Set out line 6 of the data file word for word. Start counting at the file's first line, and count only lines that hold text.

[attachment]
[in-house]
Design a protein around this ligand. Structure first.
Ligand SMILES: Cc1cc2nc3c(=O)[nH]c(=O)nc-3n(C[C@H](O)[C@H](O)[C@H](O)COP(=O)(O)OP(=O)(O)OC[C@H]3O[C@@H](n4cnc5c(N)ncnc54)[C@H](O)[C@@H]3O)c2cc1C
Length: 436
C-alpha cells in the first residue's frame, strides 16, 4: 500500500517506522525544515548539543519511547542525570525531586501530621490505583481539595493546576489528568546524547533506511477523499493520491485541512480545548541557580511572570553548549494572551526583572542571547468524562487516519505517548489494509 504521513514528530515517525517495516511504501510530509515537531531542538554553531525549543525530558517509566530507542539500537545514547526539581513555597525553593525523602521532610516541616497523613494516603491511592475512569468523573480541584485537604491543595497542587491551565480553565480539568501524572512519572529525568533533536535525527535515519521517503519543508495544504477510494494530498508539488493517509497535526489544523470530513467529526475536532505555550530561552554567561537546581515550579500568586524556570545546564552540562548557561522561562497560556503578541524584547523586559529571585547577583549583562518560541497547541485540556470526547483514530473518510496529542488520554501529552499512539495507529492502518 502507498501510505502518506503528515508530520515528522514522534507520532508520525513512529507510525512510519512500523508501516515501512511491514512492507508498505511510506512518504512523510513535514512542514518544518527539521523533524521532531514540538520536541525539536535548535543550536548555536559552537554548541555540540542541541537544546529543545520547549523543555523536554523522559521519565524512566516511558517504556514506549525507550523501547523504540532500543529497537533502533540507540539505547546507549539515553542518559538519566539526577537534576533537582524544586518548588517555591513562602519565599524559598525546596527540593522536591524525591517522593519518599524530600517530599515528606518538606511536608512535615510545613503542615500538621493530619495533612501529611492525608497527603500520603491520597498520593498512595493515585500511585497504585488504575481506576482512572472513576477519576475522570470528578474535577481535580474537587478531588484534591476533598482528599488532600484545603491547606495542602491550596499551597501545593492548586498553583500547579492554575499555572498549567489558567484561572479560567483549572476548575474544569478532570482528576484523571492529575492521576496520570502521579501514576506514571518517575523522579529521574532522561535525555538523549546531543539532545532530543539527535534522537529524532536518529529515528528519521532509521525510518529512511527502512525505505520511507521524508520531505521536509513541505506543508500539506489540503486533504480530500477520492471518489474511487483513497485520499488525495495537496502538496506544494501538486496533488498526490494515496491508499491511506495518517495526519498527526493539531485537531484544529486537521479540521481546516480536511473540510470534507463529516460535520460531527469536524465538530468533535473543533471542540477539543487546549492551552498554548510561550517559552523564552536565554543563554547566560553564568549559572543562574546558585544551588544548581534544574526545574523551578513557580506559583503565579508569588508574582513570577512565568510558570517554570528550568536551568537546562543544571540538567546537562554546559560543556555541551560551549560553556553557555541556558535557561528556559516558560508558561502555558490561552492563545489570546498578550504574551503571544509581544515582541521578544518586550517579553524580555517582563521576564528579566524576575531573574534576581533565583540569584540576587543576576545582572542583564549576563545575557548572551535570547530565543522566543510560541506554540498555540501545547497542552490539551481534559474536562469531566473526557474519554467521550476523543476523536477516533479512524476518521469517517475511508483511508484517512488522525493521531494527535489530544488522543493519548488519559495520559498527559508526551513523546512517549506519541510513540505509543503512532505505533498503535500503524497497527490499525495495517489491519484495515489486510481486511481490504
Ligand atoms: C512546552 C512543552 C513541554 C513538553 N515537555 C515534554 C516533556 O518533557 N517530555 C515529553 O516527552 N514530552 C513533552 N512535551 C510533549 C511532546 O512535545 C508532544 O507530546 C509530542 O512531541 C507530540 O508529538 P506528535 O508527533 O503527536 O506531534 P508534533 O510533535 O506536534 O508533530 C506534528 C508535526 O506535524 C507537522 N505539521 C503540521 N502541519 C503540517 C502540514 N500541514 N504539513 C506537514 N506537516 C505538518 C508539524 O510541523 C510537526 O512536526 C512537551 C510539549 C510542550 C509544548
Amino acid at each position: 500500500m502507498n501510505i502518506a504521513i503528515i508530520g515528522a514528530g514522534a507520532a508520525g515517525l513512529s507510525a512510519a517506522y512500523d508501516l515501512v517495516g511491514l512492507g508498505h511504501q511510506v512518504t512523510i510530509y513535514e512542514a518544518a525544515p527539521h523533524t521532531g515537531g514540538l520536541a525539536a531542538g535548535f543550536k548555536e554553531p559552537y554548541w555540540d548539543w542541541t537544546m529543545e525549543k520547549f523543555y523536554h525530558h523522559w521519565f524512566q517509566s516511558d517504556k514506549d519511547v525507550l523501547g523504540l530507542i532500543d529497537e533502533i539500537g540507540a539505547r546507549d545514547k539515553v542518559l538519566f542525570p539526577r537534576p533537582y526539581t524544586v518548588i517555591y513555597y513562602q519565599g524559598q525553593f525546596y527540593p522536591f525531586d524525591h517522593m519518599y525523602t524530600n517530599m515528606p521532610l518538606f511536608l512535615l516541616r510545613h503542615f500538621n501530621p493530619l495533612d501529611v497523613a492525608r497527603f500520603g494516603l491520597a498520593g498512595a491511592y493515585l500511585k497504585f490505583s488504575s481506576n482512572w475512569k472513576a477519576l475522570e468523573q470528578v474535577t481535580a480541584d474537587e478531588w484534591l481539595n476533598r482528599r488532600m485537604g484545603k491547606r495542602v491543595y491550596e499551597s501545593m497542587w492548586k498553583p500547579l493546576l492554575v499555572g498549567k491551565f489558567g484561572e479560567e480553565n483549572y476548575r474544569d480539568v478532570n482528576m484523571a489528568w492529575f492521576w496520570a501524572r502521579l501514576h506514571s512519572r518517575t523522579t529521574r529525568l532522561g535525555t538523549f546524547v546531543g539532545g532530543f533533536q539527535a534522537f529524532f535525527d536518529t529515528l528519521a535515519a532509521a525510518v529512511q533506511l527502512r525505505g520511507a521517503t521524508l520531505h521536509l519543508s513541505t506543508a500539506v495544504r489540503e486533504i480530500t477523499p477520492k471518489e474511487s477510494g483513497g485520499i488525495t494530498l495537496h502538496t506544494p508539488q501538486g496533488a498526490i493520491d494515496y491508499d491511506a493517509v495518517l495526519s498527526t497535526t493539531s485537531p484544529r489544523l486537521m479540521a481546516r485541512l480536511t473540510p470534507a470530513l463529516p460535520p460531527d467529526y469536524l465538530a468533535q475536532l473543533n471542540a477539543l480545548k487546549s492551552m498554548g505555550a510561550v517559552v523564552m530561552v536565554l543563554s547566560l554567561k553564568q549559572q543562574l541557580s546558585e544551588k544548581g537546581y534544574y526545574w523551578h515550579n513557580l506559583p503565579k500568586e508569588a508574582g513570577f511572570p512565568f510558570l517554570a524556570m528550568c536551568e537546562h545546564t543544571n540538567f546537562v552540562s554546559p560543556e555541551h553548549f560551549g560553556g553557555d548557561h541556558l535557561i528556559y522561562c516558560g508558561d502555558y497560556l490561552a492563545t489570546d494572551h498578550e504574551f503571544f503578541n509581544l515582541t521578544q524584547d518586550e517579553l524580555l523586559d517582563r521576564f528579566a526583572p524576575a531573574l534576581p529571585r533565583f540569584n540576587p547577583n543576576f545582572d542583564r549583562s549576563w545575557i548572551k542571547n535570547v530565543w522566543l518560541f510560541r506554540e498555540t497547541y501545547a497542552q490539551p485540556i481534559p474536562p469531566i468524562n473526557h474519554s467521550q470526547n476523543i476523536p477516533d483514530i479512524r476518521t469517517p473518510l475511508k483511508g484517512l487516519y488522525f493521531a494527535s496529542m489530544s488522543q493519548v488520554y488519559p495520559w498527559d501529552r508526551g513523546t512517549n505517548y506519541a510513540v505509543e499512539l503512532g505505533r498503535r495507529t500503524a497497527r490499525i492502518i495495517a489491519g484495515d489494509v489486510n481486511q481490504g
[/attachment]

Ligand atoms: C512546552 C512543552 C513541554 C513538553 N515537555 C515534554 C516533556 O518533557 N517530555 C515529553 O516527552 N514530552 C513533552 N512535551 C510533549 C511532546 O512535545 C508532544 O507530546 C509530542 O512531541 C507530540 O508529538 P506528535 O508527533 O503527536 O506531534 P508534533 O510533535 O506536534 O508533530 C506534528 C508535526 O506535524 C507537522 N505539521 C503540521 N502541519 C503540517 C502540514 N500541514 N504539513 C506537514 N506537516 C505538518 C508539524 O510541523 C510537526 O512536526 C512537551 C510539549 C510542550 C509544548